Sous Vide Scrambled Eggs
One type of scrambled eggs that is highly sought after is the French style, which results in a smooth, custardy scrambled egg as opposed to the more rubbery American version. Normally the French style is accomplished by lightly whisking the eggs in a double boiler over simmering water until they just begin to set.
Using sous vide takes all of the manual labor and complexity out of the equation. You simply preheat your water bath to 165ºF and place a bag containing your scrambled eggs into it. After 10 minutes take the bag out and massage it gently. Place it back in the water bath for 5 more minutes. Remove it again, massage gently, then serve.
For more information on this method refer to the Sous Vide Supreme recipe that popularized it.
Sous Vide Pasteurized Eggs
Many dressings, mixed drinks, and sauces call for raw eggs. However, this can be dangerous if the quality of the eggs available is not great or if you are serving young or old people who may have weaker immune systems.
One way to enjoy these recipes while still being safe is to first pasteurize the eggs before using them. That will ensure that the eggs are safe and cooked but they will still behave very similar to raw eggs.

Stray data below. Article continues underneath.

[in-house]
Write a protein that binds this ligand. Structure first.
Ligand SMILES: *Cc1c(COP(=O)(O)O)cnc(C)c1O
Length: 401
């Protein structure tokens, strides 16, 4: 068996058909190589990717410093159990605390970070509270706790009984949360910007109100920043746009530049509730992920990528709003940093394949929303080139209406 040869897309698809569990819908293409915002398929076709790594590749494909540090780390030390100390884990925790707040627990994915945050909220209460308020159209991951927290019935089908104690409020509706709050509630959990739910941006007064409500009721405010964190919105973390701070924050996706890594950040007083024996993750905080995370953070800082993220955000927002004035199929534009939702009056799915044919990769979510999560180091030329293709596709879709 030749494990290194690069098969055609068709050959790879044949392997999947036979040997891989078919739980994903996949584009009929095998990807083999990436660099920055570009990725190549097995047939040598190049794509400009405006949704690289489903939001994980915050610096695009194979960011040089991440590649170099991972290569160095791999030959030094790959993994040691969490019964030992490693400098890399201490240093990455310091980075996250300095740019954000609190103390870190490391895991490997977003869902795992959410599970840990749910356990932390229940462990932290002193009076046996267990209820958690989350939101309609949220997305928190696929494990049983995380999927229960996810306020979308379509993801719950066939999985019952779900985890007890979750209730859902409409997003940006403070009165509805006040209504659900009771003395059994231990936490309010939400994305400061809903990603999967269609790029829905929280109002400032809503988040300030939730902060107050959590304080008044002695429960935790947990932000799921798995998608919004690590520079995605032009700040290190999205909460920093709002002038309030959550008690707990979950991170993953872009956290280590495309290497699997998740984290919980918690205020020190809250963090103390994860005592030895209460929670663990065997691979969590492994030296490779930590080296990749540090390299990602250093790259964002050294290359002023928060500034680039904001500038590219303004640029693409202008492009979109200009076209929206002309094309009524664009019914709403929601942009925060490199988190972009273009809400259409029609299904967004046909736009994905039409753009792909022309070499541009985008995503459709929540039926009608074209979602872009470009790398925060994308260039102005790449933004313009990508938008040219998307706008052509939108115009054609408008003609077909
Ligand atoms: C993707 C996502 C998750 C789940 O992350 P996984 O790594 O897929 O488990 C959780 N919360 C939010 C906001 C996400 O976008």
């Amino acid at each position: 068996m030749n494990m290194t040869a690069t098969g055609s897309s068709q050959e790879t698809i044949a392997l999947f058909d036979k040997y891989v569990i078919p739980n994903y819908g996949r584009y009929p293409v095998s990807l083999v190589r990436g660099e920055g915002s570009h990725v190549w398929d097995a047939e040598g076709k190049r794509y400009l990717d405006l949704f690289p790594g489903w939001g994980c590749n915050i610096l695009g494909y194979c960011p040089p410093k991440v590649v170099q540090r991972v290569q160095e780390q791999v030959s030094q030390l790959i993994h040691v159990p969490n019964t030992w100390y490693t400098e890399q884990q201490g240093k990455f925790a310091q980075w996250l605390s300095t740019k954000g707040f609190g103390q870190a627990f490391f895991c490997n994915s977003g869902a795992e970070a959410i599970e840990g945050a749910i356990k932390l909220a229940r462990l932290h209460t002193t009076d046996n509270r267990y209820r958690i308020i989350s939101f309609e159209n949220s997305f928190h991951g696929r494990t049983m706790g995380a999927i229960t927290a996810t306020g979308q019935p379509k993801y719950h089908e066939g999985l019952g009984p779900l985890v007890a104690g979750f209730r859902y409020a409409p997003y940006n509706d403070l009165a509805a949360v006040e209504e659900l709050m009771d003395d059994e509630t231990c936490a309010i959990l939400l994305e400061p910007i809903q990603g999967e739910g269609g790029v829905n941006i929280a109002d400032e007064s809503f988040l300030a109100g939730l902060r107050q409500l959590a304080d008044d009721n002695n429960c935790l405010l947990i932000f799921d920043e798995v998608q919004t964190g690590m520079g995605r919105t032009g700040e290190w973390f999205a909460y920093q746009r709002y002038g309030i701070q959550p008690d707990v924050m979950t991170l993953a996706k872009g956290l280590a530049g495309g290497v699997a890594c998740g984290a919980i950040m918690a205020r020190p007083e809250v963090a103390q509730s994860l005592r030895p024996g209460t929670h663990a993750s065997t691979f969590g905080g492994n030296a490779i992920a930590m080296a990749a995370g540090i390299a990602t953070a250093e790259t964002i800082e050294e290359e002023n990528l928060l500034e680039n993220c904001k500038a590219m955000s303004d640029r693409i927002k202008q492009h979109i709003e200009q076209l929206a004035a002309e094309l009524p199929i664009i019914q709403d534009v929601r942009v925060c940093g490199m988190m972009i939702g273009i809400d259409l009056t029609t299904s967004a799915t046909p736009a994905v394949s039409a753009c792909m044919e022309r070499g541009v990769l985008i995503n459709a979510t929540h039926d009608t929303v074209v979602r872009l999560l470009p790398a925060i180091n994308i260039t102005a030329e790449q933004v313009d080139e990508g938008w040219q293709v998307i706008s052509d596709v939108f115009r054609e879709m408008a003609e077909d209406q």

To pasteurize the eggs preheat your water path to 135ºF and place the eggs, still in their shells, in for 1 hour and 15 minutes. At this point you can take them out and use them, or keep them in the refrigerator for a while until needed.
General Sous Vide Chicken Process
Sous vide chicken is one of the easiest and fastest applications of sous vide cooking that there is. There are two different approaches, one for the chicken meat and another for the eggs.
White Meat - Breasts
At it's simplest, sous vide chicken just entails sealing chicken breasts, legs, and / or thighs in a sous vide pouch with salt and pepper and other spices. You then cook it at 140ºF to 147ºF for 45 to 90 minutes, or up to 5 hours. Then sear the chicken in a hot pan or on a hot grill and serve it as you would normal chicken.